Matadero Madrid center for contemporary creation
Matadero Madrid showcases an artistic essay by Armin Linke on man’s impact on the planet
Matadero Madrid and the Sorigué Foundation present the first solo exhibition in Spain by photographer and documentary filmmaker Armin Linke. The exhibition, entitled ‘Blind Sensorium: Visual Anthropology’ can be visited free of charge in Nave 0 at Matadero Madrid from 12 March to 20 May 2021. Armin Linke's work focuses on documenting the impact of globalisation and infrastructures on different local populations. With this exhibition, a co-production between the Sorigué Foundation and Matadero Madrid, the artist proposes a visual approach to climate change and its material landscape from a rigorous yet reflective perspective.
'Blind Sensorium: Visual Anthropology' is the result of a long-term collaboration between the artist and the Sorigué Foundation to create an extensive project on the Anthropocene - the name put forward by members of the scientific community for our geological epoch due to the significant and well-nigh irreversible impact that human activity has had on our planet’s ecosystems. The work has been presented in various formats in different European exhibitions and cultural programmes over the last few years. This exhibition, the first solo exhibition in Spain of Armin Linke's work, combines different aspects of this research and presents a selection of pieces that address the relationship between planetary ecosystems, political institutions and scientific infrastructures, through a visual analysis of the spaces where climate change has led to conflict.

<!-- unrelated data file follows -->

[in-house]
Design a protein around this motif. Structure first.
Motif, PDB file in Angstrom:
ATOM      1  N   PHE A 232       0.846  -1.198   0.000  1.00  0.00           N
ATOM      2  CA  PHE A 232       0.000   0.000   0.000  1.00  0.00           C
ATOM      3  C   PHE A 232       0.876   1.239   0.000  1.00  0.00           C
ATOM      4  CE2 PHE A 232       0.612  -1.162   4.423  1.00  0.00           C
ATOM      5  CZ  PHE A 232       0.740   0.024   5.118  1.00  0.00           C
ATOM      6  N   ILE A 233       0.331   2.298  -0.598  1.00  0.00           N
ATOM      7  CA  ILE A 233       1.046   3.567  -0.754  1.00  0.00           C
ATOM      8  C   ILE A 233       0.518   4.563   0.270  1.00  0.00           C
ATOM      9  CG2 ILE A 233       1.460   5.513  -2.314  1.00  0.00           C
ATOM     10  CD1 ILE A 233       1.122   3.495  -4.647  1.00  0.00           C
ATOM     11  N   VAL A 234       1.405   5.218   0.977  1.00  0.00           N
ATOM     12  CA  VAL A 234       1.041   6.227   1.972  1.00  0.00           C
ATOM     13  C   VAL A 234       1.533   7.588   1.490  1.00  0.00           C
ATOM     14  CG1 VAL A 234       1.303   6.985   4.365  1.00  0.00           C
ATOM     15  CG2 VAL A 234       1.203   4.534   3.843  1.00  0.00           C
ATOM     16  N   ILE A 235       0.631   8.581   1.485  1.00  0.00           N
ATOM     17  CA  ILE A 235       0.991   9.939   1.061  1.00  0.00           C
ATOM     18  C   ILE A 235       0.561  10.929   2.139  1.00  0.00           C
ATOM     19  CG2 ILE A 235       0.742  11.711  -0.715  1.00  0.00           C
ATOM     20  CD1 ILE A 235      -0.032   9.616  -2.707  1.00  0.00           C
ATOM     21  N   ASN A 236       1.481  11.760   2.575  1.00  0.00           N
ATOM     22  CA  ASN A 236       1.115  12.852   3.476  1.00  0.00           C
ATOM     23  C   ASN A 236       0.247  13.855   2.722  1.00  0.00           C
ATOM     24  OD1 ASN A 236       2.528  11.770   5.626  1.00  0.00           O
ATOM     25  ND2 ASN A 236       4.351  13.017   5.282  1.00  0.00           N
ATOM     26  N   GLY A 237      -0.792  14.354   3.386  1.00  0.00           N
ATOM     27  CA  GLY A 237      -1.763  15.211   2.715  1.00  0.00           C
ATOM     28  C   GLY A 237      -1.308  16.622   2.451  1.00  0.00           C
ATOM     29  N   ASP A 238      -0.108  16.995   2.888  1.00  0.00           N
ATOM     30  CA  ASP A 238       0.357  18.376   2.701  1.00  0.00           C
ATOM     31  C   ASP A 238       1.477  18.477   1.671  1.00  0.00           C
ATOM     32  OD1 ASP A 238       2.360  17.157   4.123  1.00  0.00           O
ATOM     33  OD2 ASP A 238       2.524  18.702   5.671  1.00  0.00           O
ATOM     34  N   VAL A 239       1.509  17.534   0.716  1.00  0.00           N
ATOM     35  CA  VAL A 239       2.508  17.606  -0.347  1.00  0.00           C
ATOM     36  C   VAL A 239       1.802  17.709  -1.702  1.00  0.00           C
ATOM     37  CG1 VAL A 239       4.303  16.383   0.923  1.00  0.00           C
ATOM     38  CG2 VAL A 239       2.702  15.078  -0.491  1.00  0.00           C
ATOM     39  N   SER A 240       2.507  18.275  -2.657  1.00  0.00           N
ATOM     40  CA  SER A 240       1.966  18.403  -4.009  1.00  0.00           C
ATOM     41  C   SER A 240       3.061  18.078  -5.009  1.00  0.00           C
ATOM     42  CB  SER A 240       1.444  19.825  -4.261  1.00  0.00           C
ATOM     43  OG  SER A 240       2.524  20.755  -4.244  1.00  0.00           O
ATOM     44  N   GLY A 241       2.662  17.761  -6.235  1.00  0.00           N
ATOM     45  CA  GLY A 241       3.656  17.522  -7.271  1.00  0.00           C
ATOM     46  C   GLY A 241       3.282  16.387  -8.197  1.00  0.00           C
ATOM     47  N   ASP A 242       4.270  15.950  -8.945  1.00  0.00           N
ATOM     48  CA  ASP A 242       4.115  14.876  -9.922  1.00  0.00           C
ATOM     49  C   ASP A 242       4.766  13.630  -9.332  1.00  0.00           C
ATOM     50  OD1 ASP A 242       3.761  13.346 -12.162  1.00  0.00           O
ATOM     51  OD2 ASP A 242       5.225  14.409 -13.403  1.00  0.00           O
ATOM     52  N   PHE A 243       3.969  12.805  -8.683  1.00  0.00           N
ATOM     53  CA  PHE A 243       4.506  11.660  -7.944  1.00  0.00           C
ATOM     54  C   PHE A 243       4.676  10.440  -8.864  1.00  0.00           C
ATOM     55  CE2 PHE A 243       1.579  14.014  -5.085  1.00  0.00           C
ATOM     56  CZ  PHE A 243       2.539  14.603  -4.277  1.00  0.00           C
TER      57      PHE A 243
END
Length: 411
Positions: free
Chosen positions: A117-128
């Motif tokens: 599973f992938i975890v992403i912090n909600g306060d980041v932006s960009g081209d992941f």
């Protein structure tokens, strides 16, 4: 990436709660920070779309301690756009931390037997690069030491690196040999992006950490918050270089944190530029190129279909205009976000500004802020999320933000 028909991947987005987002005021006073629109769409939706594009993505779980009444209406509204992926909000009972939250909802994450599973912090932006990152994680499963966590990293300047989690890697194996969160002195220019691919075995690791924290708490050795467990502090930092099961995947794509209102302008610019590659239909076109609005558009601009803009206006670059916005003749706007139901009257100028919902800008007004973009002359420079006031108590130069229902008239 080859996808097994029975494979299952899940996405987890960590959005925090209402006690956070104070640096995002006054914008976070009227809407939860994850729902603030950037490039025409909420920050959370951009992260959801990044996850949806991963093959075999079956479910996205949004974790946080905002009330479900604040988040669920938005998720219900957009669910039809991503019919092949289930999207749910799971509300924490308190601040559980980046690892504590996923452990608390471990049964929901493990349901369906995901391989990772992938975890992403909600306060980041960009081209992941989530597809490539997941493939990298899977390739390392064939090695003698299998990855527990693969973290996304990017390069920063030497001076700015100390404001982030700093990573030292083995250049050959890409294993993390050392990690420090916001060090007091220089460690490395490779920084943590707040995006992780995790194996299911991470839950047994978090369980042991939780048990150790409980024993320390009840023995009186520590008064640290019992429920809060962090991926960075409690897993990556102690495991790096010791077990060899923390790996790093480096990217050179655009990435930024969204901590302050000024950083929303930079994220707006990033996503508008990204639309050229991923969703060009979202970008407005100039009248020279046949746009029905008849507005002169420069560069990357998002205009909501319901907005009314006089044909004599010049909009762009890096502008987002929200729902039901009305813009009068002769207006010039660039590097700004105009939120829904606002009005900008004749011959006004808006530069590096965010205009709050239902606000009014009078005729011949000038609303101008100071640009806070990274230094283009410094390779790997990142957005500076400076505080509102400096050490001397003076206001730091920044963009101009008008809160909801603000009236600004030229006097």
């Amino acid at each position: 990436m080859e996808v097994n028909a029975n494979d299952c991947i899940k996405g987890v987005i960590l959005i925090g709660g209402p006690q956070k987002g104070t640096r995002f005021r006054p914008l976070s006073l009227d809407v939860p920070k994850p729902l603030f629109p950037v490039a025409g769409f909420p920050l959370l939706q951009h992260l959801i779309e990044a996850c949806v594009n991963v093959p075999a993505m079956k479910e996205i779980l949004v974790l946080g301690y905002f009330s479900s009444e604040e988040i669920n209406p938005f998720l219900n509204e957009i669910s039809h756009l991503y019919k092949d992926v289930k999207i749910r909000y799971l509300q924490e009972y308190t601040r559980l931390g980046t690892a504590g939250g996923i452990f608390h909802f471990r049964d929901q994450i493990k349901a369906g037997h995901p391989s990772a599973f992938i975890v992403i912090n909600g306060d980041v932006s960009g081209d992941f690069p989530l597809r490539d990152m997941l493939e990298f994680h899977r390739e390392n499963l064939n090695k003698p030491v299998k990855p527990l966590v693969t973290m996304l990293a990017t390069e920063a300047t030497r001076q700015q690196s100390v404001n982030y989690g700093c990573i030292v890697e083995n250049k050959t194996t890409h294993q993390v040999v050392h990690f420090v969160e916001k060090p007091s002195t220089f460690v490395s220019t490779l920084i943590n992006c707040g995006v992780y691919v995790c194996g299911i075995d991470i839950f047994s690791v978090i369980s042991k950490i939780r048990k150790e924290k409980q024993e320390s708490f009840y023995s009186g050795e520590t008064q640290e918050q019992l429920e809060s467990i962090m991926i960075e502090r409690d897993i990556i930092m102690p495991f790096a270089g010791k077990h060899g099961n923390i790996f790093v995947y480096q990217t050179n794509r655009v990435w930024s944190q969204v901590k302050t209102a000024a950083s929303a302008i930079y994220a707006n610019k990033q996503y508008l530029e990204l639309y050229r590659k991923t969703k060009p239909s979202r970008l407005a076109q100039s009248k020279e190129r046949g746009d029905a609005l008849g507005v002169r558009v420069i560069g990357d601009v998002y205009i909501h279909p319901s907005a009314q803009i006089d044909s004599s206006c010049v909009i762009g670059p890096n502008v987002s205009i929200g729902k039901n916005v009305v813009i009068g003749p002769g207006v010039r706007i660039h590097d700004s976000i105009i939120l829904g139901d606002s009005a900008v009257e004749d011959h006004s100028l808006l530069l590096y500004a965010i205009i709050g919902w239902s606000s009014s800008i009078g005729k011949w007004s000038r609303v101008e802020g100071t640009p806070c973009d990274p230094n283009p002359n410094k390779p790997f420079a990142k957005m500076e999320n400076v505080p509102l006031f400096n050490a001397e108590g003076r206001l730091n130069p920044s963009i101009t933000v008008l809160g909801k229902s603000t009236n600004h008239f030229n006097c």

With this exhibition, Matadero Madrid further develops the line of programming with which it has been tackling issues such as the climate emergency, ecology and sustainability since 2018, with the Instituto Mutante de Narrativas Ambientales (Mutant Institute of Environmental Narratives - IMNA) as its main exponent. Matadero's artistic laboratory for climate is producing new pieces by both Spanish and international artists in a wide range of formats: exhibitions, audiovisuals, texts, podcasts; proposing new forms of storytelling; initiating a television series devoted to climate fictions; promoting speculative design and projects in the field of environmental humanities; imagining the future of journalism; intervening in municipal policies; or, together with a team of researchers and creators, designing a cyborg garden for the Matadero that is capable of tempering the temperatures and the harshness of the site through vegetation. The ‘Blind Sensorium. Visual Anthropology’ exhibition is part of the Institute's programme and will serve as the starting point for a series of conferences, talks and meetings that will explore in depth the themes developed by the exhibition.
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